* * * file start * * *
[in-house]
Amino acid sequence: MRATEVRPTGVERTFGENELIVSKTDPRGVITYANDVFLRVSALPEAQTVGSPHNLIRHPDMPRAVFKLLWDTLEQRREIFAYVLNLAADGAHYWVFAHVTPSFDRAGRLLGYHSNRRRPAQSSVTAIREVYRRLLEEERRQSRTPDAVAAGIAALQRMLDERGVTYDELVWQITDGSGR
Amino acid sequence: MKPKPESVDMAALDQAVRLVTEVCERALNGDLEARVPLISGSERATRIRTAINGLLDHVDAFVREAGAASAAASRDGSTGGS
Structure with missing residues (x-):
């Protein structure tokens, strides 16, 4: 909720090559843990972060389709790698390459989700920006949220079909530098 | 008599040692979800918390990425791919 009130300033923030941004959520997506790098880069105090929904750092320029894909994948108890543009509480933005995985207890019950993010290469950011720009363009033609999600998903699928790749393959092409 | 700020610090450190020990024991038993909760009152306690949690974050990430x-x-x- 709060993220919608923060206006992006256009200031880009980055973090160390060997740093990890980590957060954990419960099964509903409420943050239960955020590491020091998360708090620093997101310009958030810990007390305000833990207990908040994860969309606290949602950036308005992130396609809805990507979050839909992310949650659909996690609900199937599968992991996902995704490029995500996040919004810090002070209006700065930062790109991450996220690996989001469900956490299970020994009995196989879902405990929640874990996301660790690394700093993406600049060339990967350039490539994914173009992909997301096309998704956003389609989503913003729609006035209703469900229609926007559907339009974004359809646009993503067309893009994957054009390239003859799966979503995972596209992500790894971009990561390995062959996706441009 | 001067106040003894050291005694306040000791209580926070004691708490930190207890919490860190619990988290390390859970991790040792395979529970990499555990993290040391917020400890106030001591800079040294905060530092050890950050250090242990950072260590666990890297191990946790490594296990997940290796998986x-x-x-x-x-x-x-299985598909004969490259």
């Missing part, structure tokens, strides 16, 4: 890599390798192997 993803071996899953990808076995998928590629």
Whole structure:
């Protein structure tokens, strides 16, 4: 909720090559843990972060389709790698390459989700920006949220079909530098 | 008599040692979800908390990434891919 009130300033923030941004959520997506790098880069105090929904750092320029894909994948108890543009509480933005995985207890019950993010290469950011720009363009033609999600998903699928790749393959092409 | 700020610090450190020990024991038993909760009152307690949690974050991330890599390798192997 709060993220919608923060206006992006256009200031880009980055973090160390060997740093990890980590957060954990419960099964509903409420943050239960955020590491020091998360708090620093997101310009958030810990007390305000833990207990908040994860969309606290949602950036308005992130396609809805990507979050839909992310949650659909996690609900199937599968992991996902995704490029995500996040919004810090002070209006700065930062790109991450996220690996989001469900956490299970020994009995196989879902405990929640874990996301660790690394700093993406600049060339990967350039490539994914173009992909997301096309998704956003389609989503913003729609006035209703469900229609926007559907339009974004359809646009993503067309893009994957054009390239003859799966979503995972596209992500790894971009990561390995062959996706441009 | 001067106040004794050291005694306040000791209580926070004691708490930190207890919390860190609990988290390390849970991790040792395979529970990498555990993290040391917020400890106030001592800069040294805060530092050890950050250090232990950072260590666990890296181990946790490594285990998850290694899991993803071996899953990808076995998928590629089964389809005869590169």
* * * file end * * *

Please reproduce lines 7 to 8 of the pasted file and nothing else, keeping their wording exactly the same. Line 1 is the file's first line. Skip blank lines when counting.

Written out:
Whole structure:
């Protein structure tokens, strides 16, 4: 909720090559843990972060389709790698390459989700920006949220079909530098 | 008599040692979800908390990434891919 009130300033923030941004959520997506790098880069105090929904750092320029894909994948108890543009509480933005995985207890019950993010290469950011720009363009033609999600998903699928790749393959092409 | 700020610090450190020990024991038993909760009152307690949690974050991330890599390798192997 709060993220919608923060206006992006256009200031880009980055973090160390060997740093990890980590957060954990419960099964509903409420943050239960955020590491020091998360708090620093997101310009958030810990007390305000833990207990908040994860969309606290949602950036308005992130396609809805990507979050839909992310949650659909996690609900199937599968992991996902995704490029995500996040919004810090002070209006700065930062790109991450996220690996989001469900956490299970020994009995196989879902405990929640874990996301660790690394700093993406600049060339990967350039490539994914173009992909997301096309998704956003389609989503913003729609006035209703469900229609926007559907339009974004359809646009993503067309893009994957054009390239003859799966979503995972596209992500790894971009990561390995062959996706441009 | 001067106040004794050291005694306040000791209580926070004691708490930190207890919390860190609990988290390390849970991790040792395979529970990498555990993290040391917020400890106030001592800069040294805060530092050890950050250090232990950072260590666990890296181990946790490594285990998850290694899991993803071996899953990808076995998928590629089964389809005869590169």